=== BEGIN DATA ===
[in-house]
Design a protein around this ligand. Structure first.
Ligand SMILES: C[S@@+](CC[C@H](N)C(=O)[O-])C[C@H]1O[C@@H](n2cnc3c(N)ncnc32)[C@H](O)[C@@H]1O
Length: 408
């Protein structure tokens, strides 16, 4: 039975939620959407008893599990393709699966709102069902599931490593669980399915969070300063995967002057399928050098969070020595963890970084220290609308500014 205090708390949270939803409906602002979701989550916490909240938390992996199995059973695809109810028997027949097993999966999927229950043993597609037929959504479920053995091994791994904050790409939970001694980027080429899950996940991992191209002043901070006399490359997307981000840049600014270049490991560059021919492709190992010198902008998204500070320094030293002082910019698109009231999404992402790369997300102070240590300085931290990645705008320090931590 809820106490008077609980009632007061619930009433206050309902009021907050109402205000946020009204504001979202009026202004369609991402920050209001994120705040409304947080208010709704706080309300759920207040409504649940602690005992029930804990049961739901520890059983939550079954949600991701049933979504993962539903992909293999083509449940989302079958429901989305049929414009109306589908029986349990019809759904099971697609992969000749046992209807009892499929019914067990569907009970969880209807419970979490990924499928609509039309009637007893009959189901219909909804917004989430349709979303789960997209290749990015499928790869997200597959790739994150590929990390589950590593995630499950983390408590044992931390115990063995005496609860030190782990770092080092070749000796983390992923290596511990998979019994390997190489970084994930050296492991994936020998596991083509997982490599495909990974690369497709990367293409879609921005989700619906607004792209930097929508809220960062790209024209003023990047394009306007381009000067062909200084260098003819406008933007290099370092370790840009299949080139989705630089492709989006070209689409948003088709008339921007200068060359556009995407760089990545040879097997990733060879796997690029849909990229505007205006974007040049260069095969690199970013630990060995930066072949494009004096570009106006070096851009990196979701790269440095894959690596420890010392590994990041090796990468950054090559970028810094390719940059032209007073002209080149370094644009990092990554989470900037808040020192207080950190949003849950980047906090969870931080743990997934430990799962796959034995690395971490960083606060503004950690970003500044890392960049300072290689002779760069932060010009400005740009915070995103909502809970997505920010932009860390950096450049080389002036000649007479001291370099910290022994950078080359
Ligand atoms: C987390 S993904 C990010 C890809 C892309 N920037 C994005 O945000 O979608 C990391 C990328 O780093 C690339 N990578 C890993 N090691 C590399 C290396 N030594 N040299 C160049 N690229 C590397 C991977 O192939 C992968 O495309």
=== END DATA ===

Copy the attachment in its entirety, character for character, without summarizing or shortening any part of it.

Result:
[in-house]
Design a protein around this ligand. Structure first.
Ligand SMILES: C[S@@+](CC[C@H](N)C(=O)[O-])C[C@H]1O[C@@H](n2cnc3c(N)ncnc32)[C@H](O)[C@@H]1O
Length: 408
């Protein structure tokens, strides 16, 4: 039975939620959407008893599990393709699966709102069902599931490593669980399915969070300063995967002057399928050098969070020595963890970084220290609308500014 205090708390949270939803409906602002979701989550916490909240938390992996199995059973695809109810028997027949097993999966999927229950043993597609037929959504479920053995091994791994904050790409939970001694980027080429899950996940991992191209002043901070006399490359997307981000840049600014270049490991560059021919492709190992010198902008998204500070320094030293002082910019698109009231999404992402790369997300102070240590300085931290990645705008320090931590 809820106490008077609980009632007061619930009433206050309902009021907050109402205000946020009204504001979202009026202004369609991402920050209001994120705040409304947080208010709704706080309300759920207040409504649940602690005992029930804990049961739901520890059983939550079954949600991701049933979504993962539903992909293999083509449940989302079958429901989305049929414009109306589908029986349990019809759904099971697609992969000749046992209807009892499929019914067990569907009970969880209807419970979490990924499928609509039309009637007893009959189901219909909804917004989430349709979303789960997209290749990015499928790869997200597959790739994150590929990390589950590593995630499950983390408590044992931390115990063995005496609860030190782990770092080092070749000796983390992923290596511990998979019994390997190489970084994930050296492991994936020998596991083509997982490599495909990974690369497709990367293409879609921005989700619906607004792209930097929508809220960062790209024209003023990047394009306007381009000067062909200084260098003819406008933007290099370092370790840009299949080139989705630089492709989006070209689409948003088709008339921007200068060359556009995407760089990545040879097997990733060879796997690029849909990229505007205006974007040049260069095969690199970013630990060995930066072949494009004096570009106006070096851009990196979701790269440095894959690596420890010392590994990041090796990468950054090559970028810094390719940059032209007073002209080149370094644009990092990554989470900037808040020192207080950190949003849950980047906090969870931080743990997934430990799962796959034995690395971490960083606060503004950690970003500044890392960049300072290689002779760069932060010009400005740009915070995103909502809970997505920010932009860390950096450049080389002036000649007479001291370099910290022994950078080359
Ligand atoms: C987390 S993904 C990010 C890809 C892309 N920037 C994005 O945000 O979608 C990391 C990328 O780093 C690339 N990578 C890993 N090691 C590399 C290396 N030594 N040299 C160049 N690229 C590397 C991977 O192939 C992968 O495309």